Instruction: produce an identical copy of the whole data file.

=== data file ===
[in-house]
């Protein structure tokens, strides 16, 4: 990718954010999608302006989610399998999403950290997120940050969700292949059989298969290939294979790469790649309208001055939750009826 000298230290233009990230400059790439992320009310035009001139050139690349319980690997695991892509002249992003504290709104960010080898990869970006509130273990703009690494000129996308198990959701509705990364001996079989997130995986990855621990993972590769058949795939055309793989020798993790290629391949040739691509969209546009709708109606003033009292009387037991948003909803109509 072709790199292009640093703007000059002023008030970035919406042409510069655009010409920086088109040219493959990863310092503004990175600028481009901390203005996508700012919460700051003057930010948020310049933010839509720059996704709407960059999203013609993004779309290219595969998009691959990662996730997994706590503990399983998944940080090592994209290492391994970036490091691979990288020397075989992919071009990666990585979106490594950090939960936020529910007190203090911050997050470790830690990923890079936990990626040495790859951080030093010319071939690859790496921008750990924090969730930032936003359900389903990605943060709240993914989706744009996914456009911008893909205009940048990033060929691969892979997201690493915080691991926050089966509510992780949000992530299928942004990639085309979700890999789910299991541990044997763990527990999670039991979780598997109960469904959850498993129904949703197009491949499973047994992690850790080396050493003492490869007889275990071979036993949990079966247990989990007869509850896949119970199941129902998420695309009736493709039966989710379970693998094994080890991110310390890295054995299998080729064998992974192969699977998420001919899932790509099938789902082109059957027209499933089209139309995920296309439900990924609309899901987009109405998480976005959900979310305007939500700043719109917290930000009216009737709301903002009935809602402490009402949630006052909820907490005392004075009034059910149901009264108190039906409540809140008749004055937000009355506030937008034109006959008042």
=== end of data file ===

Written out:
[in-house]
């Protein structure tokens, strides 16, 4: 990718954010999608302006989610399998999403950290997120940050969700292949059989298969290939294979790469790649309208001055939750009826 000298230290233009990230400059790439992320009310035009001139050139690349319980690997695991892509002249992003504290709104960010080898990869970006509130273990703009690494000129996308198990959701509705990364001996079989997130995986990855621990993972590769058949795939055309793989020798993790290629391949040739691509969209546009709708109606003033009292009387037991948003909803109509 072709790199292009640093703007000059002023008030970035919406042409510069655009010409920086088109040219493959990863310092503004990175600028481009901390203005996508700012919460700051003057930010948020310049933010839509720059996704709407960059999203013609993004779309290219595969998009691959990662996730997994706590503990399983998944940080090592994209290492391994970036490091691979990288020397075989992919071009990666990585979106490594950090939960936020529910007190203090911050997050470790830690990923890079936990990626040495790859951080030093010319071939690859790496921008750990924090969730930032936003359900389903990605943060709240993914989706744009996914456009911008893909205009940048990033060929691969892979997201690493915080691991926050089966509510992780949000992530299928942004990639085309979700890999789910299991541990044997763990527990999670039991979780598997109960469904959850498993129904949703197009491949499973047994992690850790080396050493003492490869007889275990071979036993949990079966247990989990007869509850896949119970199941129902998420695309009736493709039966989710379970693998094994080890991110310390890295054995299998080729064998992974192969699977998420001919899932790509099938789902082109059957027209499933089209139309995920296309439900990924609309899901987009109405998480976005959900979310305007939500700043719109917290930000009216009737709301903002009935809602402490009402949630006052909820907490005392004075009034059910149901009264108190039906409540809140008749004055937000009355506030937008034109006959008042």